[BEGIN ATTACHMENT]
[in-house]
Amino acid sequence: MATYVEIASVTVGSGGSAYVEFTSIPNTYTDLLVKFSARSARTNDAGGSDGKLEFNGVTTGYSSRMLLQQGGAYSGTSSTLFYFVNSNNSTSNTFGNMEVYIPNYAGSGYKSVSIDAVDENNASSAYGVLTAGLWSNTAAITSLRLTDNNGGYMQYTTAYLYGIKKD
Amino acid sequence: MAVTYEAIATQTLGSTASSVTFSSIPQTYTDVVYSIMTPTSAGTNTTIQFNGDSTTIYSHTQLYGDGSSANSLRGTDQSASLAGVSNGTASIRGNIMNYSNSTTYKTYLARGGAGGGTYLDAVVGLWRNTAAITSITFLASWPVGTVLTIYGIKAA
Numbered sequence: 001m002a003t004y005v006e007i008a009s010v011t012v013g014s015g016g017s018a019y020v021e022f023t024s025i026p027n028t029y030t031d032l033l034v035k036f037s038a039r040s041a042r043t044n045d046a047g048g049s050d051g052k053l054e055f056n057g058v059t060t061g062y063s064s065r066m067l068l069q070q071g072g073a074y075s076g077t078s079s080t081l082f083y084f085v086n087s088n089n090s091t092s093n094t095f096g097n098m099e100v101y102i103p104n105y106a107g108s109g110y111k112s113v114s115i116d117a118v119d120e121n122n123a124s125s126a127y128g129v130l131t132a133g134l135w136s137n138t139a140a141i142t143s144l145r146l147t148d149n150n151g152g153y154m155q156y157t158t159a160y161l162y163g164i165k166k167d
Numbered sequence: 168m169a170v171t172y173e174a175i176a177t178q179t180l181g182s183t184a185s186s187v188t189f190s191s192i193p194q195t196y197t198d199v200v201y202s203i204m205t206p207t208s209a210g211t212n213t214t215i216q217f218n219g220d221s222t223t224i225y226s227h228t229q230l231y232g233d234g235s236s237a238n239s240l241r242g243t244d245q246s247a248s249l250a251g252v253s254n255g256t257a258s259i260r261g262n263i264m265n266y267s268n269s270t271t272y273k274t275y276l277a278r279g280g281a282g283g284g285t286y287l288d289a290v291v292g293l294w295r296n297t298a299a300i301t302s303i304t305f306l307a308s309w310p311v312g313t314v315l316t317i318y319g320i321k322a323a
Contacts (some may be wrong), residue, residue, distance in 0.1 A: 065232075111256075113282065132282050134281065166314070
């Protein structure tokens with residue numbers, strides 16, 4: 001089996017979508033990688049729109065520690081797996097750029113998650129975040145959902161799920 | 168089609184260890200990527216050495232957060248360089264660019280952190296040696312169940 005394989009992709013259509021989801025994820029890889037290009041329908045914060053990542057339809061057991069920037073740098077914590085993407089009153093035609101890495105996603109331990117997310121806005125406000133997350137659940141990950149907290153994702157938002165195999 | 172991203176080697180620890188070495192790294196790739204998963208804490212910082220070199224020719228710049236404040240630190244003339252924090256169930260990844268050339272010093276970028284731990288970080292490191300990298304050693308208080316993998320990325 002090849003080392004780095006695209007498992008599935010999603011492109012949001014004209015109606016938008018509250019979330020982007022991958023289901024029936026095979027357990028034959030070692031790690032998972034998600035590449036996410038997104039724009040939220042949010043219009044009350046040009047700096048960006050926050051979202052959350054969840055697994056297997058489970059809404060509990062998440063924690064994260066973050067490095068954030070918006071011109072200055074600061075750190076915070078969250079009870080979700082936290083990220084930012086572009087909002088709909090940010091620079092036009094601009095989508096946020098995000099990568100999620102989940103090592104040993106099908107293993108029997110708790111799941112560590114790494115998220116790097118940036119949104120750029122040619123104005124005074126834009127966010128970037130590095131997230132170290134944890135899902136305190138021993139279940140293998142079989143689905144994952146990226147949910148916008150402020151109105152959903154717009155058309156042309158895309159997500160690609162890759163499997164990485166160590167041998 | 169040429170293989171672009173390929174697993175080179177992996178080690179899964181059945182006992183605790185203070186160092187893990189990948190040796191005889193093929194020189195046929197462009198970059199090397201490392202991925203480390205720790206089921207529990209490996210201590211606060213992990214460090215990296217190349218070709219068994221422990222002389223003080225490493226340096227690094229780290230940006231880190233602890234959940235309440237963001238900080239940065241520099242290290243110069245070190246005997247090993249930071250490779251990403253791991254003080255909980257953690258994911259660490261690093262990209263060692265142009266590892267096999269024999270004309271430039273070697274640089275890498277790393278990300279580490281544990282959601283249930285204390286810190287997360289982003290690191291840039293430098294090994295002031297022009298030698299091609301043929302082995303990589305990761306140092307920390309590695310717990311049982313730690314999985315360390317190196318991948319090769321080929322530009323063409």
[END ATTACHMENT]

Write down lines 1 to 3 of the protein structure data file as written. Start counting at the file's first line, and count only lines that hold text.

[in-house]
Amino acid sequence: MATYVEIASVTVGSGGSAYVEFTSIPNTYTDLLVKFSARSARTNDAGGSDGKLEFNGVTTGYSSRMLLQQGGAYSGTSSTLFYFVNSNNSTSNTFGNMEVYIPNYAGSGYKSVSIDAVDENNASSAYGVLTAGLWSNTAAITSLRLTDNNGGYMQYTTAYLYGIKKD
Amino acid sequence: MAVTYEAIATQTLGSTASSVTFSSIPQTYTDVVYSIMTPTSAGTNTTIQFNGDSTTIYSHTQLYGDGSSANSLRGTDQSASLAGVSNGTASIRGNIMNYSNSTTYKTYLARGGAGGGTYLDAVVGLWRNTAAITSITFLASWPVGTVLTIYGIKAA